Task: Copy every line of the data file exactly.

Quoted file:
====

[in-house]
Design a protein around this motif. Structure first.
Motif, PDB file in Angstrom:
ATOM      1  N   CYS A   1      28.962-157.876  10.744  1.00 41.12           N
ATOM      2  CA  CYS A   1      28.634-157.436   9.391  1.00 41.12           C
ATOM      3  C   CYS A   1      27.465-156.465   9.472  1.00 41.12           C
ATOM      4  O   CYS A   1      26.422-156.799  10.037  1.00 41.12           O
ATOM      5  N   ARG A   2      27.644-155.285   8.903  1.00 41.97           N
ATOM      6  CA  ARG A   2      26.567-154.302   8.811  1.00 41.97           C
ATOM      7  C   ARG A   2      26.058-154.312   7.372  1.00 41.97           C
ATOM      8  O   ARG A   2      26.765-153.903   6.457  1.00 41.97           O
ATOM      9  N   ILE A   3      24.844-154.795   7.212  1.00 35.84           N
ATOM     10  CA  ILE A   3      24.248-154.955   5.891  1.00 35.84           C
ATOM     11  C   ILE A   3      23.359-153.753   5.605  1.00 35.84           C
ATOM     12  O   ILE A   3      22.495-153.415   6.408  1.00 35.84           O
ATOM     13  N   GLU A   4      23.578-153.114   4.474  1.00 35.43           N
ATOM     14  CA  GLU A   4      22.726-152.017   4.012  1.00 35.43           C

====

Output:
[in-house]
Design a protein around this motif. Structure first.
Motif, PDB file in Angstrom:
ATOM      1  N   CYS A   1      28.962-157.876  10.744  1.00 41.12           N
ATOM      2  CA  CYS A   1      28.634-157.436   9.391  1.00 41.12           C
ATOM      3  C   CYS A   1      27.465-156.465   9.472  1.00 41.12           C
ATOM      4  O   CYS A   1      26.422-156.799  10.037  1.00 41.12           O
ATOM      5  N   ARG A   2      27.644-155.285   8.903  1.00 41.97           N
ATOM      6  CA  ARG A   2      26.567-154.302   8.811  1.00 41.97           C
ATOM      7  C   ARG A   2      26.058-154.312   7.372  1.00 41.97           C
ATOM      8  O   ARG A   2      26.765-153.903   6.457  1.00 41.97           O
ATOM      9  N   ILE A   3      24.844-154.795   7.212  1.00 35.84           N
ATOM     10  CA  ILE A   3      24.248-154.955   5.891  1.00 35.84           C
ATOM     11  C   ILE A   3      23.359-153.753   5.605  1.00 35.84           C
ATOM     12  O   ILE A   3      22.495-153.415   6.408  1.00 35.84           O
ATOM     13  N   GLU A   4      23.578-153.114   4.474  1.00 35.43           N
ATOM     14  CA  GLU A   4      22.726-152.017   4.012  1.00 35.43           C